The gasser. No, it’s not what you call your weird uncle after eating too many sweet potatoes at the annual holiday get-together, at least, not for the purposes of this article. Gassers were the product of drag racing’s exploding popularity in the U.S. through the 1950s and 1960s, so-named because they ran on pump gasoline (petrol) as opposed to race fuel. As such, they typically had massive engines with superchargers reaching higher than the roof, and the front end was jacked way up so as to better transfer weight to the back. You know, like the vintage Shelby Cobra seen here.


Someone actually turned a corner-carving Cobra into a gasser back in the day? No, or rather, not that we’re aware of. This fictional creation is the exquisite product of Abimelec Design on Facebook, and as far as renderings go, it could be one of the most realistic we’ve ever seen. Gassers were based on street cars, and they usually wore a flamboyant metal flake paint job with eye-popping graphics to grab the attention – and presumably the hearts – of race fans. It was also common practice to have the exhaust exit the front, and these Cobra renderings feature all of the above in impressive detail. The images even have a grainy filter to better replicate photos taken on film with a vintage 1960’s camera.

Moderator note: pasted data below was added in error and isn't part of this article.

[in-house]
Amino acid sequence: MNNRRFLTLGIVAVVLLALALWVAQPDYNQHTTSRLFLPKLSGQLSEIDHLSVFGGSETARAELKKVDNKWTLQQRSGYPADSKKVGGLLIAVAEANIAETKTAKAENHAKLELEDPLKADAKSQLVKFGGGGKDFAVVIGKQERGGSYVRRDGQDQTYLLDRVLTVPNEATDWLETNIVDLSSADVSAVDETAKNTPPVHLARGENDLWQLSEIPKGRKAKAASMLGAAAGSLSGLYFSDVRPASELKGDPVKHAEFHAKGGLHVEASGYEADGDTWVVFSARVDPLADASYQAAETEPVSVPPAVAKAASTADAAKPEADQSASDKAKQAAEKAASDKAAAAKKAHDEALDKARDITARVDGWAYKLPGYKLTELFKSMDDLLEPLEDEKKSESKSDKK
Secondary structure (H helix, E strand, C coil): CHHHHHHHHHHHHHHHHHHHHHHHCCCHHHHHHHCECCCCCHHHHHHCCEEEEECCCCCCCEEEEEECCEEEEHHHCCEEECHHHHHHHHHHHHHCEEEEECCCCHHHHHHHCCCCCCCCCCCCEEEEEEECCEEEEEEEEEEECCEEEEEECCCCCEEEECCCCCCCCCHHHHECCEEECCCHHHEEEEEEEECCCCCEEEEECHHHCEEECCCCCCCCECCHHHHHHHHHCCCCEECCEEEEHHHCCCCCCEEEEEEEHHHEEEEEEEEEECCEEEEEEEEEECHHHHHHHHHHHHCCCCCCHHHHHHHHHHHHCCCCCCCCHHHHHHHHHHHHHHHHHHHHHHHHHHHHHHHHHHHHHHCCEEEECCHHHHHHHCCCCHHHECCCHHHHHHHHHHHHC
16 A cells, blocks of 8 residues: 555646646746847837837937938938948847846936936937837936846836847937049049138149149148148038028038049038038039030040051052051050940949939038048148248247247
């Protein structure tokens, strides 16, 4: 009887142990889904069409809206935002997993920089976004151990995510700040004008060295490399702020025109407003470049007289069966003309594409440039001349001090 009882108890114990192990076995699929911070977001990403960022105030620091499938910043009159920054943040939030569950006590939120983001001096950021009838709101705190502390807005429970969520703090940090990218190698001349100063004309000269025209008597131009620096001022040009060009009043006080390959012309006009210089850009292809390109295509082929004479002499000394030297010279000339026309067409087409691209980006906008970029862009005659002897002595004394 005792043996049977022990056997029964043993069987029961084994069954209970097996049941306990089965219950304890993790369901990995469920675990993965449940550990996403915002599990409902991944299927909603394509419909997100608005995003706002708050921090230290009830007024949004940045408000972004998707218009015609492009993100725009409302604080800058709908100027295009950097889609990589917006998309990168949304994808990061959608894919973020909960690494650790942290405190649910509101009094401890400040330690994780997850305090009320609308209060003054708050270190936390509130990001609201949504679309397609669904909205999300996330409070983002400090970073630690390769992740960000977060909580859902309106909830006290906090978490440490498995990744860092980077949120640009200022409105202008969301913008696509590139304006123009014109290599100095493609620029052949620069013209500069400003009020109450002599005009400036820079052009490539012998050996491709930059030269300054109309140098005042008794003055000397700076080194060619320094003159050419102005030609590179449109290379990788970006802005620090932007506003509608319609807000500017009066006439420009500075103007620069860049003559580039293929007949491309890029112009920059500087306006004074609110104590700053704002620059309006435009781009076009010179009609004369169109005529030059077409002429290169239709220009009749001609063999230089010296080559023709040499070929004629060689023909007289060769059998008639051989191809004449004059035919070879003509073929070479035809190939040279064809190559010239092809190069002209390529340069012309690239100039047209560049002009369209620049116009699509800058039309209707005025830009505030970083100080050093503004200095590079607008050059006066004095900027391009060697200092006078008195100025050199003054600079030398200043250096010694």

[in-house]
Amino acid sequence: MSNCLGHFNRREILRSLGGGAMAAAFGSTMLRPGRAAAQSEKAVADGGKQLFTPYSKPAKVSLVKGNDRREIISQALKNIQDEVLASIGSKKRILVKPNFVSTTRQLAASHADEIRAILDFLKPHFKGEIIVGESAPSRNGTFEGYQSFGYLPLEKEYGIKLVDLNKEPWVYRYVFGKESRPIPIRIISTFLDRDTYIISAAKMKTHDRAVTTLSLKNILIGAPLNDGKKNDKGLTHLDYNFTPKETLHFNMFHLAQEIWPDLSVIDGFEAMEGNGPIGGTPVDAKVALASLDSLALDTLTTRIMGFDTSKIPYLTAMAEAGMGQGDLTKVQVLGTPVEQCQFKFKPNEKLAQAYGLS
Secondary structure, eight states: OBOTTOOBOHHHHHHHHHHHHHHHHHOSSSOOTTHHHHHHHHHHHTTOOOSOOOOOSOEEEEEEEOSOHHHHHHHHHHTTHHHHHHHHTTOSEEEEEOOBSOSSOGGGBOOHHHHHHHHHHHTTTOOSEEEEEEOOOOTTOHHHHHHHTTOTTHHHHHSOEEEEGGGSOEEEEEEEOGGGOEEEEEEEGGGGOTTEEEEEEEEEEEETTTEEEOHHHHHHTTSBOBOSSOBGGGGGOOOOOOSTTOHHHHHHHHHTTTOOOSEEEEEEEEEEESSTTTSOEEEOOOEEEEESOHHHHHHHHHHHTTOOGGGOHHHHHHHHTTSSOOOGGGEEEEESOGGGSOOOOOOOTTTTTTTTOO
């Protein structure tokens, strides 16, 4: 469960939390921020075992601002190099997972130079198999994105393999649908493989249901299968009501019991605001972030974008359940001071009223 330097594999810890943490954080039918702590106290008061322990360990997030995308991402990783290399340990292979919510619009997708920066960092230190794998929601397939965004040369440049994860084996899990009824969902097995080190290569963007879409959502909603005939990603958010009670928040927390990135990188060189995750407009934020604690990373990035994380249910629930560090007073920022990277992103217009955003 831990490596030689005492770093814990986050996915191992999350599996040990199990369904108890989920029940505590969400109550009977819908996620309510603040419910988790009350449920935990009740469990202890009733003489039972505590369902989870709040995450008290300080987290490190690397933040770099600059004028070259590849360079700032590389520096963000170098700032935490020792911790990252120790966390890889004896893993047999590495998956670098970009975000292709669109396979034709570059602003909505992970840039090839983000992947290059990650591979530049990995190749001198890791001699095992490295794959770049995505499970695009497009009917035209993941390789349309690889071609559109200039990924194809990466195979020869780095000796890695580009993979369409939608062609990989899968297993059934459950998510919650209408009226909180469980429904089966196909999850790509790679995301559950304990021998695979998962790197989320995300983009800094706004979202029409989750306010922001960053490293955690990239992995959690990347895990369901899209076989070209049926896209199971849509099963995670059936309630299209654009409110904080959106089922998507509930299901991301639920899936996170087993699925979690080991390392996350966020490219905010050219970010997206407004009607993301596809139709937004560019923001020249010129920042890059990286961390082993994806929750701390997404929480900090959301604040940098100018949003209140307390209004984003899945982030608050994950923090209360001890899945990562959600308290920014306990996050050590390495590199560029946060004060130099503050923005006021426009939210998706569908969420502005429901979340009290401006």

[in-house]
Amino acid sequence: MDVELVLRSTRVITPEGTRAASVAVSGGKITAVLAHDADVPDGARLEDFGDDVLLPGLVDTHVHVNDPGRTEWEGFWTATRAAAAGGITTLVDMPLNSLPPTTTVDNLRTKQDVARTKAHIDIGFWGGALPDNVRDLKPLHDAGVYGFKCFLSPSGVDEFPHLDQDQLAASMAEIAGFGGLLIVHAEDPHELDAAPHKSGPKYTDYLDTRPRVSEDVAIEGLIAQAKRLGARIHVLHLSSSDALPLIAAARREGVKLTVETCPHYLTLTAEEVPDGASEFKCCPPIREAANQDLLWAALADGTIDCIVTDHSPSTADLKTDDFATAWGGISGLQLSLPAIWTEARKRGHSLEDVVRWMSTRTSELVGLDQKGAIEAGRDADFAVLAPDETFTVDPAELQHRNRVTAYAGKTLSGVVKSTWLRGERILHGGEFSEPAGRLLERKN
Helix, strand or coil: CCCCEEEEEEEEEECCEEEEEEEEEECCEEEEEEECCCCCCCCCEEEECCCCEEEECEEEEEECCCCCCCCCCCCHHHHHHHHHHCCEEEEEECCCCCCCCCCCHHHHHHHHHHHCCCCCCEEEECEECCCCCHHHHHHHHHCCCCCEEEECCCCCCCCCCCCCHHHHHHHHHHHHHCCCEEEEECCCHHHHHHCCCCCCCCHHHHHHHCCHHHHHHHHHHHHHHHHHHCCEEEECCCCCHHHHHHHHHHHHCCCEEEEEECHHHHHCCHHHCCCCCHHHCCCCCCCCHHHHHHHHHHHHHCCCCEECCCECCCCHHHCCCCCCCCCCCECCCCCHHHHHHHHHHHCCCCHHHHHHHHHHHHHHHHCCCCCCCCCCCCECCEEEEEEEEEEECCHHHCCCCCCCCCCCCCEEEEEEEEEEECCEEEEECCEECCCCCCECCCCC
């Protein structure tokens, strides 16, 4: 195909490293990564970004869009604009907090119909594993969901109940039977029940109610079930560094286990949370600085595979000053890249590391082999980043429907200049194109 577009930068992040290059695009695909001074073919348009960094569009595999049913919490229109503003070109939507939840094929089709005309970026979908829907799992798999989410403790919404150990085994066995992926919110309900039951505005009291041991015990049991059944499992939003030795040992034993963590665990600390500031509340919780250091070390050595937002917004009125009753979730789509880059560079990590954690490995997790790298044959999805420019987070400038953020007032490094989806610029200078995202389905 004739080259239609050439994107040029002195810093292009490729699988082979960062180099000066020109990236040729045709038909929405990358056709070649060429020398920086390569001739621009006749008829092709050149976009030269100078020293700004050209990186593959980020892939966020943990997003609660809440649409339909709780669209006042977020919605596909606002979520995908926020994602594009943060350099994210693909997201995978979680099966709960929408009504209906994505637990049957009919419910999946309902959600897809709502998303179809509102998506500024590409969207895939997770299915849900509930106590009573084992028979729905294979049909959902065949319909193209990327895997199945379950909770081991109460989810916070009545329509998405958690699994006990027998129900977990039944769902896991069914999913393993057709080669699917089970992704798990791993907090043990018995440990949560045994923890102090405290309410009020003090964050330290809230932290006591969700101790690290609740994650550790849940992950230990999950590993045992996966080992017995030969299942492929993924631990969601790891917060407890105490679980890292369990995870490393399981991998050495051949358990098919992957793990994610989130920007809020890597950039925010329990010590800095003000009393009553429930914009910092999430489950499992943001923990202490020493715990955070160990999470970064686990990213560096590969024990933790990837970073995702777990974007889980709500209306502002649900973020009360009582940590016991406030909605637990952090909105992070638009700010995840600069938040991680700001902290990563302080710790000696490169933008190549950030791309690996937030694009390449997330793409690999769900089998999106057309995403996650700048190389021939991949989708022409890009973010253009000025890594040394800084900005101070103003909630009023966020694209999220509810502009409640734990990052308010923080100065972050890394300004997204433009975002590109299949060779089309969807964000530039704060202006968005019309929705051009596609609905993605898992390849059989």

Chrysler Hemi engines were the go-to mill for racers back in the day, and while we suspect there are plenty of purists upset by even this fictional Cobra Hemi creation, it certainly fits the gasser profile. Calling this car Viper is also both appropriate and ironic, considering the modern-day Viper was also a Chrysler-sourced product.

It might seem crazy to even consider converting a million-dollar Cobra into a goofy-looking straight-line racer, but back in the ‘60s in America these cars weren’t million-dollar machines. In fact, they weren’t even collectable – that didn’t happen in earnest until the 1980s. And actually, there were a few Shelby-built Cobra drag racing models back in the day, but none had the proper flamboyance of the gasser era as captured in these very cool renderings.